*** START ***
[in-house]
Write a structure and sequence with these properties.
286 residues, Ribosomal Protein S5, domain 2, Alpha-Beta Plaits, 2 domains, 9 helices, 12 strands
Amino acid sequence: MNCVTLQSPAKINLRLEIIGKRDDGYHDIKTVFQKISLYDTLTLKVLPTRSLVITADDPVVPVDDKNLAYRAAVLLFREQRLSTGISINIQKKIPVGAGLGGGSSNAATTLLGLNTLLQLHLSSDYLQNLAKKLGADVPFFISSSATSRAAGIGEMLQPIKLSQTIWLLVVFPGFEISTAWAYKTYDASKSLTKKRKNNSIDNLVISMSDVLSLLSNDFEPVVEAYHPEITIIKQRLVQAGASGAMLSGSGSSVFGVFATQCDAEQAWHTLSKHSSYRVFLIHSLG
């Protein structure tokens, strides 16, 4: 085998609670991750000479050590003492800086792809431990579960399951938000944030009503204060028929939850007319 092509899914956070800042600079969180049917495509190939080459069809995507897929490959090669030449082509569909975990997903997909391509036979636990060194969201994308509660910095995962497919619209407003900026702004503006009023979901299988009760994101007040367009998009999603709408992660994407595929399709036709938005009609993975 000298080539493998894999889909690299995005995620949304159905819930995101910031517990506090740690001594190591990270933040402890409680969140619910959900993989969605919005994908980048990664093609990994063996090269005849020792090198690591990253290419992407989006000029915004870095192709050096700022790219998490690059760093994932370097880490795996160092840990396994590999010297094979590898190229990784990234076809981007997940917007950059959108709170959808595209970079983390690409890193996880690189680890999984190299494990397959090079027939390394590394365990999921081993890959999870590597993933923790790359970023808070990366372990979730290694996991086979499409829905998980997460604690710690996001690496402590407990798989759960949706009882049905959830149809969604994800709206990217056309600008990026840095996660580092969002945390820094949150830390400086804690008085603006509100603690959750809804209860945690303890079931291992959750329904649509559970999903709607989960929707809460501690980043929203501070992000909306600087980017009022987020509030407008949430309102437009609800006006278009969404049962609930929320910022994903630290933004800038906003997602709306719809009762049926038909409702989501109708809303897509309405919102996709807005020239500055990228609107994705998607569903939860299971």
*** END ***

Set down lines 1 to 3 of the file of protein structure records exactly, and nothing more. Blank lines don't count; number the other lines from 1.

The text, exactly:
[in-house]
Write a structure and sequence with these properties.
286 residues, Ribosomal Protein S5, domain 2, Alpha-Beta Plaits, 2 domains, 9 helices, 12 strands